Can Switching From Formula to Whole Milk Cause Constipation?

When your baby celebrates her first birthday, it’s usually time to say goodbye to formula and make the switch to whole milk. If you notice changes in your little one’s stool pattern, it’s possible that the dietary change could be causing constipation troubles. You have some options for resolving these issues to help your youngster feel better.

Symptoms of Constipation

Assess your little one to determine whether he shows signs of constipation. If your child experiences pain when passing stools or cannot pass stools, he might be constipated. Stools that appear very hard or resemble small pellets also indicate constipation. If your child has fewer than three stools in a one-week period or if you notice runny stool residue in your little one’s diaper, this might also indicate constipation, according to physician Donna D’Alessandro, published on the Virtual Pediatric Hospital website 1.

Dairy Intolerance

It’s possible that a dairy intolerance could be causing your little one’s constipation discomfort, advises pediatrician Alan Greene 2. Other symptoms of a dairy intolerance include a runny nose, dry skin or eczema, wheezing and increased incidence of ear infections. Your little one might show other symptoms of dairy intolerance or constipation could be the only symptom.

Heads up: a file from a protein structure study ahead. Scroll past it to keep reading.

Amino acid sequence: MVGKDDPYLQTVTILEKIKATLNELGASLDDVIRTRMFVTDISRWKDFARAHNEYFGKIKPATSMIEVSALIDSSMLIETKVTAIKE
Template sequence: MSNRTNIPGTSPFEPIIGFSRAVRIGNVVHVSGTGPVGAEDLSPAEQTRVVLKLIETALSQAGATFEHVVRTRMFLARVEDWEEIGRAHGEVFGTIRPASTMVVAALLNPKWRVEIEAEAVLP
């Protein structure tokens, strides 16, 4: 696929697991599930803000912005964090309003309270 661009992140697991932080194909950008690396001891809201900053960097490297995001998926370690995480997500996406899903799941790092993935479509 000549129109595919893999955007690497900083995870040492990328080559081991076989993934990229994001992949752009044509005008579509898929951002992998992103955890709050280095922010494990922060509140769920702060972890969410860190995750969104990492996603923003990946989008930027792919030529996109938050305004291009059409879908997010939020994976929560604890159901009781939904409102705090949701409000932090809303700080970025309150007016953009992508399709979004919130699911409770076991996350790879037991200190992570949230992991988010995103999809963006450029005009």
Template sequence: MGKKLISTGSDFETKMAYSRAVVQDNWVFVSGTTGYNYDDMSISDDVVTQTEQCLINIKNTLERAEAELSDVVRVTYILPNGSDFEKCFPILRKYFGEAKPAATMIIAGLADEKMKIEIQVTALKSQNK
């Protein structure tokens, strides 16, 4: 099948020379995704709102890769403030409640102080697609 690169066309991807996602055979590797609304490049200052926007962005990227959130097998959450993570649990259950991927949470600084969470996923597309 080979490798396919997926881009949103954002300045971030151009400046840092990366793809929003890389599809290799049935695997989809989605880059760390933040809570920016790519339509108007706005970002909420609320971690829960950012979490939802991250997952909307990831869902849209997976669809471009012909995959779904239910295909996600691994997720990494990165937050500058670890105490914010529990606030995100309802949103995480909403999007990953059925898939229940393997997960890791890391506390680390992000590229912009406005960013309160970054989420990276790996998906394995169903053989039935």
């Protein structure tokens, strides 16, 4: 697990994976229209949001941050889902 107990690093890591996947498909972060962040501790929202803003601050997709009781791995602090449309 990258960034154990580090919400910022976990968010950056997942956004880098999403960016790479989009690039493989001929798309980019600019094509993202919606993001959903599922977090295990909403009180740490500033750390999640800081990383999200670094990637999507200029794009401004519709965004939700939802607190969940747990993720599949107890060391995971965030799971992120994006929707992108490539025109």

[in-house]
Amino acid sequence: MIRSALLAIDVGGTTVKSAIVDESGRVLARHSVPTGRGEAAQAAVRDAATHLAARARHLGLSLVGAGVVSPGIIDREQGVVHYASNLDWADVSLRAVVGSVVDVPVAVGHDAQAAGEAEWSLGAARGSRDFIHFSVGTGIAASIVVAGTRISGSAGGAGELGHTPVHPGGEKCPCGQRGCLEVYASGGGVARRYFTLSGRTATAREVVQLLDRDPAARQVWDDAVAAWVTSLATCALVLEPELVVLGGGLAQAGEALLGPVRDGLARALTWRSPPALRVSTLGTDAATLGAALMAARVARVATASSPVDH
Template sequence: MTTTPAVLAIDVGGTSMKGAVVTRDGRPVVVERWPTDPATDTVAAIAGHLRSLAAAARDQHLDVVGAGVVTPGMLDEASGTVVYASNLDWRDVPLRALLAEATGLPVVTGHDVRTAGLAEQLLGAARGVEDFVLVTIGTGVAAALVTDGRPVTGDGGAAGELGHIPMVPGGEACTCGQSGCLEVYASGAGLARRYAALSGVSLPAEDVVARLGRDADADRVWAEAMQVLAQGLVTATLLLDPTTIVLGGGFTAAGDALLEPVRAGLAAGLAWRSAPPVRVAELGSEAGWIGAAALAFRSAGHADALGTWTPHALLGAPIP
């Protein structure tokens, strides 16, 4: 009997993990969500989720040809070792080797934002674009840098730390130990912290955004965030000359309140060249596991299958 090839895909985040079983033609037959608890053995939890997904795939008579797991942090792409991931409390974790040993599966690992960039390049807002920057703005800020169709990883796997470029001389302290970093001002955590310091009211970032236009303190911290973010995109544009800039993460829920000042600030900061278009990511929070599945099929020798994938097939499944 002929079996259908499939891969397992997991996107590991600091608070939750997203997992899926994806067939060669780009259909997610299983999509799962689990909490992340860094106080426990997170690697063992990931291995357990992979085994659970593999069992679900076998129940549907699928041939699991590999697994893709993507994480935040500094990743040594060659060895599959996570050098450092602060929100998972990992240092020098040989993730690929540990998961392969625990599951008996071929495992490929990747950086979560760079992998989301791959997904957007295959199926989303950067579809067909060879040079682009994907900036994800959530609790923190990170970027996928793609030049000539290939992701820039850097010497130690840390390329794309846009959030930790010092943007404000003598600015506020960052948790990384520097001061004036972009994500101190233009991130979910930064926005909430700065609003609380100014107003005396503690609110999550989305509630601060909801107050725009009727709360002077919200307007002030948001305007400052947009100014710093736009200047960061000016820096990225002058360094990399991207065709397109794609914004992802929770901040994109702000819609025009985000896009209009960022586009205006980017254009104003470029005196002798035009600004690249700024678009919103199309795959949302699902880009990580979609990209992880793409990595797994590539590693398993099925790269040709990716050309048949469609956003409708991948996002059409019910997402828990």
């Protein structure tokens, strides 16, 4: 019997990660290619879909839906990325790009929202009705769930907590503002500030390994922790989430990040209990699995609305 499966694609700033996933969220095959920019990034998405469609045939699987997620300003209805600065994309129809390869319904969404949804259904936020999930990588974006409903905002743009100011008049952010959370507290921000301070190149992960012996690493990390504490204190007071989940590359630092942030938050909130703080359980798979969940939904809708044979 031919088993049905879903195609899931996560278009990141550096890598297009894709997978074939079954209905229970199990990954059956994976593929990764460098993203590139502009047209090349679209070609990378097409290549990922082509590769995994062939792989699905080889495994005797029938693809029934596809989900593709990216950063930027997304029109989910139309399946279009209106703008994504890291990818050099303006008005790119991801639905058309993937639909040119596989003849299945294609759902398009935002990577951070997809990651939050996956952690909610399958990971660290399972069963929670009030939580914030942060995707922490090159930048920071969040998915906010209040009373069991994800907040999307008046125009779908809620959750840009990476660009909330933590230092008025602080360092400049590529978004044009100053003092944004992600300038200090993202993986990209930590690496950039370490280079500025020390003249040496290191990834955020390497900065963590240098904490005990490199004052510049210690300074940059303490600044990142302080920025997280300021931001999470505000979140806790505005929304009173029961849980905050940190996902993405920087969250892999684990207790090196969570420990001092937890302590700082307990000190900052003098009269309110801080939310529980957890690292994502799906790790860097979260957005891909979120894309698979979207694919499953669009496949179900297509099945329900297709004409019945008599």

Fats in Whole Milk

Children between the ages of 1 and 2 should have whole milk, recommends the American Academy of Pediatrics. The AAP indicates that some youngsters might benefit from low-fat milk instead of whole milk if a family history of heart disease, obesity or cholesterol problems exist. Some children might react to the fats in whole milk by becoming constipated, advises the Andorra Pediatrics website 4.

Other Milk Options

Sometimes switching to soy milk can resolve constipation problems, advises Greene 2. It’s possible that your little one may also have a soy intolerance, however. If this is the case, the problems will persist, despite the dietary change. To alleviate constipation symptoms, try feeding your little one a hypoallergenic formula for two weeks. If the constipation resolves, you can surmise that your child has a dairy and/or soy intolerance 2. Rice or almond milk might be viable alternatives for your toddler in this circumstance.

Consult Your Physician

Whenever health issues such as constipation occur in your child, call your physician to receive support and recommendations 2. The result of ongoing constipation could involve stool impaction and anal fissures, which could lead to your little one trying to withhold stools due to fear of pain 2. To avoid these undesirable issues, seek assistance for resolving constipation.

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